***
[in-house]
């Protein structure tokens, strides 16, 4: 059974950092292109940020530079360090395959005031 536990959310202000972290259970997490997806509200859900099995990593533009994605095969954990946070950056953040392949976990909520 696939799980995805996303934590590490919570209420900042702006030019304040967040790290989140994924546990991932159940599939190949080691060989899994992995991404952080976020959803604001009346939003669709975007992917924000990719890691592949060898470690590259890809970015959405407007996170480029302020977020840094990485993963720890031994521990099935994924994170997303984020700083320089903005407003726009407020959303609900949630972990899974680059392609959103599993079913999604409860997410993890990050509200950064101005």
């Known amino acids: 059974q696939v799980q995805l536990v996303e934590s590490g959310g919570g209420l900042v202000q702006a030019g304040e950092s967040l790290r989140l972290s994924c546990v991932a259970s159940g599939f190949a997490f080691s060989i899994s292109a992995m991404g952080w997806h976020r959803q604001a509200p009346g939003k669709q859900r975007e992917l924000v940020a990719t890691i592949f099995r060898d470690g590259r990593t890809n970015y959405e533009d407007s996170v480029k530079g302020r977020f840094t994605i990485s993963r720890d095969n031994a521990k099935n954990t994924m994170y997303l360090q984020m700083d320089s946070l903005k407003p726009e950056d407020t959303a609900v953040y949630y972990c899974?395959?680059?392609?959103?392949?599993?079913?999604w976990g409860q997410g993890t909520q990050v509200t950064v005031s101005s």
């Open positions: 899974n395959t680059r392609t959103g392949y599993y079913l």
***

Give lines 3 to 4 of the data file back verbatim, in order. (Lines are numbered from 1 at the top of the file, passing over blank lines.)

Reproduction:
């Known amino acids: 059974q696939v799980q995805l536990v996303e934590s590490g959310g919570g209420l900042v202000q702006a030019g304040e950092s967040l790290r989140l972290s994924c546990v991932a259970s159940g599939f190949a997490f080691s060989i899994s292109a992995m991404g952080w997806h976020r959803q604001a509200p009346g939003k669709q859900r975007e992917l924000v940020a990719t890691i592949f099995r060898d470690g590259r990593t890809n970015y959405e533009d407007s996170v480029k530079g302020r977020f840094t994605i990485s993963r720890d095969n031994a521990k099935n954990t994924m994170y997303l360090q984020m700083d320089s946070l903005k407003p726009e950056d407020t959303a609900v953040y949630y972990c899974?395959?680059?392609?959103?392949?599993?079913?999604w976990g409860q997410g993890t909520q990050v509200t950064v005031s101005s």
């Open positions: 899974n395959t680059r392609t959103g392949y599993y079913l």